The Couch Potato
New Castle News
NEW CASTLE —
This week’s Couch Potato entry is a bit more technical in nature than previous posts. So hold onto your seats for this non-stop thrill ride as I explore the depths of “Seinfeld” roots in modern TV.
If you’re not a “Seinfeld” fan, that’s OK. I mean, I’m seriously questioning your life up until this point if you’re not, but you still have a chance for redemption. How? Because Seinfeld’s seminal television “show about nothing” has sprouted a new generation of shows following in its mold.
For those unaware, Larry David, star and creator of HBO’s “Curb Your Enthusiasm,” was the co-creator, head writer and executive producer of “Seinfeld” when the whole thing got started back in the late 1980s. David was a flailing stand-up who became friends with Jerry Seinfeld on the New York comedy circuit. The two pitched the idea of “Seinfeld” to NBC when the actual Seinfeld was offered a developmental deal.
The rest is history with “Seinfeld” starting off very slowly (it was almost canceled), and then morphing into the biggest comedy of the 1990s — and perhaps ever.
David left the show around 1996 and two things happened. One, the show developed a unique tone previously unseen in the early 90s. The “show about nothing” had become an intricately designed web of stories centering on the four characters separately, but all intertwining by the end. Secondly, the show continued to grow its audience and virtually dominated the ratings for its final three seasons.
It became so big that Seinfeld was offered the largest contract in television history to keep the show going, but turned it down so he could go out on top.
Anyway, when Larry David left the show, three of his writers moved up to the executive producer role. One of them was Jeff Shaffer, and along with David Mandel and Alec Berg, the three basically owned the final 44 episodes of the series. Some people loved these episodes, others hated them. But you could not deny that these were “Seinfeld’s” biggest years on the air.
The common theme was that these episodes featured the previously mentioned intertwining of stories.
After Seinfeld ended in 1998, a void was left on television just waiting to be filled. Finally, Larry David stepped in and somewhat accidentally filled it with his HBO special, which turned into the series “Curb Your Enthusiasm.”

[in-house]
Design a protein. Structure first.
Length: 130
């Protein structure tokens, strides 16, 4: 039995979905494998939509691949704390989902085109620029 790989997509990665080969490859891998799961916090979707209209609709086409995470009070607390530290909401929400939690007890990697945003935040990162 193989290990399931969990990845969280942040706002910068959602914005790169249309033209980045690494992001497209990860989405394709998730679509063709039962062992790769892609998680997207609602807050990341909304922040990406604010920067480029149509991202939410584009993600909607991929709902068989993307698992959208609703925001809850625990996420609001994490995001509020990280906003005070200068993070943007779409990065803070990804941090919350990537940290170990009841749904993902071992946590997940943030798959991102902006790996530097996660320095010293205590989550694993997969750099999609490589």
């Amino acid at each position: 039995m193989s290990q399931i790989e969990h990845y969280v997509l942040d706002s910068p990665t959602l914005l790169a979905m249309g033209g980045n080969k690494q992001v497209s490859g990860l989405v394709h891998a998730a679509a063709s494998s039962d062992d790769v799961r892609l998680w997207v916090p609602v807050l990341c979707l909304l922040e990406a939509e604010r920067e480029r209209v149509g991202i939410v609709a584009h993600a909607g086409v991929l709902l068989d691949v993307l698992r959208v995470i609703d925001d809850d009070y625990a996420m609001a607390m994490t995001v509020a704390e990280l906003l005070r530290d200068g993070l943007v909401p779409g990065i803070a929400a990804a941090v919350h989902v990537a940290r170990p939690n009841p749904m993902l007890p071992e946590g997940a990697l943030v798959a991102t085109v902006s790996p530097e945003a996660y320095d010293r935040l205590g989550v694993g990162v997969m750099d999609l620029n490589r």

The show was was pretty much an immediate success when it premiered in 2000 and talks for a ninth season are still ongoing. While the show differs from “Seinfeld” in style, it’s a faux-reality series that follows the fictional version of Larry David around Hollywood. Like Seinfeld, it kept providing similar laughs.
The “Seinfeld” character of “George” was based on the real-life Larry David and this show provided an outlet for a real life “George” walking around Hollywood. The same ridiculous antics from Seinfeld were on full display, but something else was, too.
Not surprisingly, Larry David had brought some Seinfeld people into the mix to help with his new show. One of those people was Jeff Shaffer, who had run those final 44 episodes of “Seinfeld.”
“Curb Your Enthusiasm” was exhibiting many of those same qualities of the final 44 episodes.
For example, characters who randomly crossed paths early in the episode, usually with comedic circumstances attached, were bound to run into each other later in the episode at the most inopportune times. These minor life coincidences and intertwinings often bordered on the ridiculous in “Seinfeld,” and even more so in “Curb.”
While ridiculous, this model provided for uncomfortable situations that dominate the experience of life. David was mining this comedic principle in his new show, which mimicked that of the final 44 in “Seinfeld.”
That all leads us to the past year. My friend recommended watching FX’s show “The League,” which centers on a group of friends who play Fantasy Football together. I checked it out via Netflix and found that the first season was decent enough. I continued to watch and found the following seasons to be even funnier.
As I got more engrossed in the show, I started to notice similarities in structure of the plots to that of “Seinfeld” and “Curb Your Enthusiasm.” When I researched this point, I was not surprised to find that the creator, head writer and executive producer of “The League” is none other than Jeff Shaffer.
So there you have it, folks. I was going to bore you with actual plot details and examples, but that was going to be way too tedious.
What I recommend all of you do is check out “Seinfeld,” “Curb” and “The League” and see if you can pick out the similarities in structure, plot and most importantly, comedy.